Dublin city's overground electric train is one of the easiest and loveliest ways of exploring the coastline of Ireland's capital city. Follow the route from Malahide into the city.
We start our scenic DART (Dublin Area Rapid Transit) trip in Malahide, a town with a very definite sense of its own identity.
A short, walkable distance from station lies Malahide Castle, built on the estate given to Richard Talbot in 1185 by Henry II. The family was connected to many major events in Irish history. On the morning of Battle of Boyne in 1690, 14 members of the family sat down to breakfast in Great Hall; by nightfall all 14 were dead.
The seventh Baron, Lord Milo Talbot, died in 1973, leaving the estate to his sister, who sold it to Fingal County Council two years later. Milo was a superb botanist and former UK Ambassador to Laos.
Today Malahide Castle is a magnet for visitors, with its gardens, tours of the castle, Avoca store, and other attractions. Malahide itself has a fine range of shops restaurants, sporting facilities, and hotels, as well as an excellent marina.
Moving through north Dublin suburbs towards the city center, past stations of Howth Junction, Kilbarrack, and Harmonstown, we come to Raheny, which is worthy of a stopover.
The barony of Raheny began its known life as Rath Eanna, Irish for Fort of Eanna, around 570 AD, and had monastic connections, traces of which remain in its old graveyard.
Raheny sits at the apex of one of former Guinness estates; its 500 acres (202 hectares) were donated to the city and it’s now known as St. Anne’s Park. Features include an artificial pond and a number of follies, a fine collection of trees and rose gardens, a playground, parklands walks and recreational facilities.
A pleasant stroll through St. Anne’s brings us to the seafront and Bull Island, which is accessible by a bridge and a causeway. One of Europe’s leading bird sanctuaries, it was created by Captain William Blight of Bounty fame to keep the entrance to Dublin Port free from silting up. Its superb beach is very popular with Dubliners and there are two golf courses on the island.
Continuing from Raheny through Killester we come to Clontarf, which marks innermost part of Dublin Bay, and offers the first sight of port and International Financial Services Center, a key part of Ireland’s economy.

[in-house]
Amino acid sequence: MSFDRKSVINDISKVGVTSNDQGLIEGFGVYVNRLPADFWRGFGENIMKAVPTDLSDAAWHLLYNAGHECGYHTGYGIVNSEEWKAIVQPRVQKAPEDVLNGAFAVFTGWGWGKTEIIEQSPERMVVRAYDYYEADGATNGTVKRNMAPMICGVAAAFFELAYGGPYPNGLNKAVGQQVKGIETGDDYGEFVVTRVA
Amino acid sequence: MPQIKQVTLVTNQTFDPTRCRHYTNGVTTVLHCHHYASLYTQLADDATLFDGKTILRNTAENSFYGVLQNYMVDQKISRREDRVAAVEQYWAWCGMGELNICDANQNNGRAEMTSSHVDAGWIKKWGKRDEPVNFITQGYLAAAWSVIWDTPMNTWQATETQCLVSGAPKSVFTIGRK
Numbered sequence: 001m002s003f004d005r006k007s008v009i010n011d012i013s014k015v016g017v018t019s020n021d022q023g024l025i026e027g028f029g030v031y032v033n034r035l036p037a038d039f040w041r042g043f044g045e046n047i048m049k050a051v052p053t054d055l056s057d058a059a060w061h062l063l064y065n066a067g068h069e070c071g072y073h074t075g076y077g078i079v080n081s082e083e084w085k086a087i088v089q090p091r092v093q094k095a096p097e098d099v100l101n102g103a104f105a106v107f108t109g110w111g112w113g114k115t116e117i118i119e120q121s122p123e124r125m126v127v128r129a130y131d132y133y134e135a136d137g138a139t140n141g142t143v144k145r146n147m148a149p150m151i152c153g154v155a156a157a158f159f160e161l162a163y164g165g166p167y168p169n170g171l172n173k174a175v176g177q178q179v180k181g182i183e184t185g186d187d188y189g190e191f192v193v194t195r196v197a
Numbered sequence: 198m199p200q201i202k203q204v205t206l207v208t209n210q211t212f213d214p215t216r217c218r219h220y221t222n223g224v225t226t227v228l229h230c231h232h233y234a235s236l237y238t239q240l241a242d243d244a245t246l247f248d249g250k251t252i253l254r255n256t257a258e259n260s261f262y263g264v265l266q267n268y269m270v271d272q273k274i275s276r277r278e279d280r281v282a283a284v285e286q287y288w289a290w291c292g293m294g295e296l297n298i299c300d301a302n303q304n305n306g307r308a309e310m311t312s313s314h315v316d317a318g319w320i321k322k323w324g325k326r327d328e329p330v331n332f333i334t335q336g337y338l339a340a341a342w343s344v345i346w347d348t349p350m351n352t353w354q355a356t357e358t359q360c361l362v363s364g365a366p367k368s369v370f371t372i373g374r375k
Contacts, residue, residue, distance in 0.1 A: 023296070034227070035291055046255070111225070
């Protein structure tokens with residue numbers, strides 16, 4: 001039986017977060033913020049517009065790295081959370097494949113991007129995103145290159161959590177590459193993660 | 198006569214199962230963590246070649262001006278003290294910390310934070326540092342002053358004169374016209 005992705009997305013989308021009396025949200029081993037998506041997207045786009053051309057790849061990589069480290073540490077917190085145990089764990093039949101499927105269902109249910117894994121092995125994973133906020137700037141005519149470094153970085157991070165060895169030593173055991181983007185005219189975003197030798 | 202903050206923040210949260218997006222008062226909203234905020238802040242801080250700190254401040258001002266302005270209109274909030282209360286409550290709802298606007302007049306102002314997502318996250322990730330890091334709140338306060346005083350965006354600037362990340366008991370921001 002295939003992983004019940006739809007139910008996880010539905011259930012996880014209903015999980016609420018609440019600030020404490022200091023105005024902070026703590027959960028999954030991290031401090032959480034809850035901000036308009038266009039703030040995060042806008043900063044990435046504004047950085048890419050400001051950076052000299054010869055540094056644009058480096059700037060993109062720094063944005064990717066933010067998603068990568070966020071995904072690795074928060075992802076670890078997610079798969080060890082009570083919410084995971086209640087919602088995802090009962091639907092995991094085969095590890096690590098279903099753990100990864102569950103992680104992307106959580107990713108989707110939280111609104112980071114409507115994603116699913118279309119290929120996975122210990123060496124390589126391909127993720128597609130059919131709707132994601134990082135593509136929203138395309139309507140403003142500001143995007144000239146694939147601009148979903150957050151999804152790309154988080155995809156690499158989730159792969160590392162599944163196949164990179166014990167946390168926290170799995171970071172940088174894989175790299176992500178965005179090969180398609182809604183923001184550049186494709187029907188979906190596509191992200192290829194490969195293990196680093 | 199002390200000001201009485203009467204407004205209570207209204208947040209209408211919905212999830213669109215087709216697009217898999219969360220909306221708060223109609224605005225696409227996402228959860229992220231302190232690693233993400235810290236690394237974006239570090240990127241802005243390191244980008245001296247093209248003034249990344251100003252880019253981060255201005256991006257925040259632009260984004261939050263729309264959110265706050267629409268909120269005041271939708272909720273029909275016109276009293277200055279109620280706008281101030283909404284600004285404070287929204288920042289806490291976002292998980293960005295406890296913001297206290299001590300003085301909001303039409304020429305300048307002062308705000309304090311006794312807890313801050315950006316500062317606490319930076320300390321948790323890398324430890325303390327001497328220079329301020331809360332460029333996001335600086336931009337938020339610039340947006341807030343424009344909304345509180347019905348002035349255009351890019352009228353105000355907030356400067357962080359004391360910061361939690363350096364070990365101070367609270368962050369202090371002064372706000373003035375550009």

As we roll from there towards Connolly, one of seven stations named for signatories of our 1916 Proclamation and Rising which ultimately led to independence, we can see on the right what is effectively our major Celtic cathedral – Croke Park, massive sports stadium which is home to Gaelic Athletic Association.
From Connolly station, we can walk up Talbot Street to O’Connell Street and General Post Office, where most of 1916 fighting took place.
The spiritual and physical center of Dublin, O’Connell Street is our version of Champs-Elysées, albeit with a greater range of tacky stores. Back on DART, moving out of Connolly, suddenly we see the glory of one of James Gandon’s masterpiece buildings, Customs House, now a Government department. We cross River Liffey, and into Tara Street.
This station faces back across Liffey to Dublin’s first high rise offices, Liberty Hall. In 1916 James Connolly mustered his Citizen Army in front of the previous building, which was destroyed by artillery from British gunboat Helga anchored in front of Customs House.
Next stop is Pearse, named after Patrick Pearse, chief figure of 1916 Rising. It’s a quick stroll to Trinity College, our oldest university, founded in 1592 by first Queen Elizabeth. Home to world-famous Book of Kells, it has a wonderful ambiance. One of its most famous students, Oscar Fingal O’Flahertie Wills Wilde, was born in a house just facing Pearse Station, now occupied by Trinity’s Oscar Wilde Center.
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